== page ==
How to Be Both

How to Be Both

Book - 2014
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"The brilliant Booker-nominated novel from one of our finest authors: How to Be Both is a daring, inventive tale that intertwines the stories of a defiant Renaissance painter and a modern teenage girl. How can one be both--near and far, past and present, male and female? In Ali Smith's new novel, two extraordinary characters inhabit the spaces between categories. In one half of the book, we follow the story of Francesco del Cossa, a Renaissance painter in fifteenth-century Italy who assumes a duel identity, living as both a man and a woman. In the novel's other half, George, a contemporary English teenage girl, is in mourning after the death of her brilliant, rebellious mother. As she struggles to fill the void in her life, George finds her thoughts circling again and again around a whimsical trip she and her mother once made to Italy, to see a certain Renaissance fresco... These two stories call out to each other in surprising and deeply resonant ways to form a veritable literary double-take, bending the conventions of genre, storytelling, and our own preconceptions"-- Provided by publisher.
Publisher: New York : Pantheon Books, [2014]
Edition: First United States edition
ISBN: 9780375424106
0375424105
9781101870464
Branch Call Number: F SMITH-A
Characteristics: 371 pages ; 22 cm

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TSCPL_ChrisB Jun 04, 2016

This is an unconventional, character-driven novel. It is comprised of two connected stories, and depending which version you get, the stories may be in the opposing order. How to Be Both is a challenging novel for readers looking for more "art" in their story.

s
suewhalen
May 06, 2016

Wonderful complex yet very readable novel. Worth a second read to see all the subtle connections between the modern story and the old.

Bunny_Watson716 Apr 11, 2016

I loved reading this book. I liked the unconventional structure of the novel and Smith's language, and really loved George, the protagonist.

u
uncommonreader
Mar 07, 2016

This is an interesting and innovative book that has a lot to say about art and relationships. I really enjoyed reading it.

w
wyenotgo
Dec 29, 2015

The book is not really classifiable; I've never encountered anything like it before, morphing as it does from poetry to prose to stream-of-consciousness musings, dreamscapes and back. At first glance it appears almost unreadable, reminiscent of James Joyce. But after a few pages one gets the rhythm of it and Smith's use of the voice of the painter Francesco (or rather his/her ghost) observing people as they study his and others' works on display is intriguing. How this connects to the second half of the book remains unclear until much later. She certainly waxes lyrical, even fantastical at times, so this is definitely not a book that will appeal to readers who don't appreciate prose.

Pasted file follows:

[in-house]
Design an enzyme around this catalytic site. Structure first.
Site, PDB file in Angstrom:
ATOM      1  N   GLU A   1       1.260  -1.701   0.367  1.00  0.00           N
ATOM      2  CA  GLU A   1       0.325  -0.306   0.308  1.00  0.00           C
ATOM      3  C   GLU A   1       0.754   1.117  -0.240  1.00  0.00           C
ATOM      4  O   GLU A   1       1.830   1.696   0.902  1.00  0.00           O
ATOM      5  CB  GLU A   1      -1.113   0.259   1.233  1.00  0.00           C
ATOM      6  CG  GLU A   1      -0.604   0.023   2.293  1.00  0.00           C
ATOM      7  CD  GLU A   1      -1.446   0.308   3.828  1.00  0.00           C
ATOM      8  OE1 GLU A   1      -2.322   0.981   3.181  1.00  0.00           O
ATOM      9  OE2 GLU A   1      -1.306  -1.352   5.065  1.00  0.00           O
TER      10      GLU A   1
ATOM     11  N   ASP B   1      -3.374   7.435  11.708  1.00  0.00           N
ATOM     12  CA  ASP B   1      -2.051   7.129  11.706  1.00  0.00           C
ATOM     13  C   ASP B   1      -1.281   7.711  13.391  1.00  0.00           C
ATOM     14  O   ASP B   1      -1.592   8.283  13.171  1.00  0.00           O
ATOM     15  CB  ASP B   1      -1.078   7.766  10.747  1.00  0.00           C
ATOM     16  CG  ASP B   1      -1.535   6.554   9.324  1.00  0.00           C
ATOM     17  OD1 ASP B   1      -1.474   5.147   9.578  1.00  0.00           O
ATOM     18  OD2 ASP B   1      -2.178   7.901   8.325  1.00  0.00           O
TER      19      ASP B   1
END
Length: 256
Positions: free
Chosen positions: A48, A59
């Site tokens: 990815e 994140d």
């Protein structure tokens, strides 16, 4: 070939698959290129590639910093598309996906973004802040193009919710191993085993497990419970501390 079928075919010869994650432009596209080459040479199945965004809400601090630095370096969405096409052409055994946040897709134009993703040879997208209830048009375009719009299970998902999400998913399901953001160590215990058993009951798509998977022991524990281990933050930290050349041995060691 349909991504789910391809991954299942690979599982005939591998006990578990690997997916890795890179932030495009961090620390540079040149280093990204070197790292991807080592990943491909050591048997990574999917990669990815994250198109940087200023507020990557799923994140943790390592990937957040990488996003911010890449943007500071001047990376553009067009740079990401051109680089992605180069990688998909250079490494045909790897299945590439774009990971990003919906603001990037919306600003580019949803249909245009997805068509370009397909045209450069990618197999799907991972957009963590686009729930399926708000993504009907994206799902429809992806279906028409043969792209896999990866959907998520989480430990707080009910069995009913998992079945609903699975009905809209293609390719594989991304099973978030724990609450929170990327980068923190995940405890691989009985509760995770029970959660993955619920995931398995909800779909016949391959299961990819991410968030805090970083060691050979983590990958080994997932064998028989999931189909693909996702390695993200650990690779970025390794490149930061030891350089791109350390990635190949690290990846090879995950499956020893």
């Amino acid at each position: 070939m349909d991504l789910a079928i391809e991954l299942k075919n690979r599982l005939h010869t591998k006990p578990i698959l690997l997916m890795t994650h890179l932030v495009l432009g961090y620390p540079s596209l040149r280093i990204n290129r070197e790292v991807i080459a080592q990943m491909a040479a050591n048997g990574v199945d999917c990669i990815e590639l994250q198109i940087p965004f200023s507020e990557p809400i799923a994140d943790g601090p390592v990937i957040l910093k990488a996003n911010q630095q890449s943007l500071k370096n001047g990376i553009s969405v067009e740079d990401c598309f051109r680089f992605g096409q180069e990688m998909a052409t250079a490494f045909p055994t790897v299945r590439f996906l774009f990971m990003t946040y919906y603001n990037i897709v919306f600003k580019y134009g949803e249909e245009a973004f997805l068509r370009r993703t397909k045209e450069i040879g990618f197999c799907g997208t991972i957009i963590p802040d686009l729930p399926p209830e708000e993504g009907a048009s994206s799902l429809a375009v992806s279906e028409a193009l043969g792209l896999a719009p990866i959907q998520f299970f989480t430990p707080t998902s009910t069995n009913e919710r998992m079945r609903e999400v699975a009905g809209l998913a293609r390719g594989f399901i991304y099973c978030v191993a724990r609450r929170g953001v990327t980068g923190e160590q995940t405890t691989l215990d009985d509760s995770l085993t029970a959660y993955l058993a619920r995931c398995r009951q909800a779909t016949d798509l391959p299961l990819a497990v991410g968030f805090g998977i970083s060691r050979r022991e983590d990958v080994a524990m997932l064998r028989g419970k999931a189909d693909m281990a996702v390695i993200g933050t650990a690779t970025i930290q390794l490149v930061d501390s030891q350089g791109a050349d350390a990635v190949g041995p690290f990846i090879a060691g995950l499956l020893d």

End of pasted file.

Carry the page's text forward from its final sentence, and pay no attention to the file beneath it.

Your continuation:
My major complaint is Smith's decision to abandon intelligible sentence structure in favor of random mutterings of the teenage protagonist in most of the contemporary portion of the book. While this may serve to place the reader "inside" George's thoughts, it does so at the expense of making it laborious to read. I'm not being stuffy here; there's a reason for grammar and punctuation: It facilitates the clear communication of ideas from writer to reader. Disjointed, random, unstructured comments that are meant to convey character and perhaps "make it real" quickly become tiresome when they cause a reader to lose the thread of the narrative (which is what happened to me unless I slowed down and concentrated on every phrase, as if I were reading a text book). Ironically that never happened in the part of the book set in the renaissance time frame! The contemporary half of the book just never achieves the rhythm and flow of the renaissance portion.
If this book is "about" anything, it's about character development -- i.e. the two main protagonists. For me, that's an admirable objective on the part of the author and I was cheering for Smith to make those two unique characters live and breathe for me. I believe she succeeds to some degree with Francesco but doesn't quite make it with George, despite having invested so much effort in "voicing" her as noted above. Too bad, because I think George had more potential as an interesting and likeable character but somehow, it just doesn't quite come off. Many other readers will probably disagree with me about this.
I've no idea how to place this book on a rating scale but I have to say I find it astonishing how highly rated it tends to have been by other readers. Maybe I just don't "get it" ....

s
Susan1066
Sep 07, 2015

Struggling to read. Will try to finish but not really enjoying it yet.

b
bluehydrangea
Jul 28, 2015

The sheer number of themes/amount of symbolism was overwhelming.

BPLpicks Jun 03, 2015

A very clever and unique novel. Winner of the 2015 Baileys Women's Prize for Fiction.

BklynKalliopiM Mar 12, 2015

Incredible novel(s) from Ali Smith. True to the title, How To Be Both compounds layers of narrative into moving themes and poignant writing. Highly recommended for older teens and adults who enjoy realistic fiction with a touch of magic and experimental style. Favorite parts include our young narrator's navigation of her mother's death and her own identity in our modern world, as well as the beloved painter Francesco, brought back to life, amazed by our incessant staring into our "holy" tablets.

quagga Nov 10, 2014

I loved this fresh and beautiful novel that embraces contradictions.

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quagga Dec 30, 2014

how to tell a story, but tell it more than one way at once, and tell another underneath it / up-rising through the skin of it

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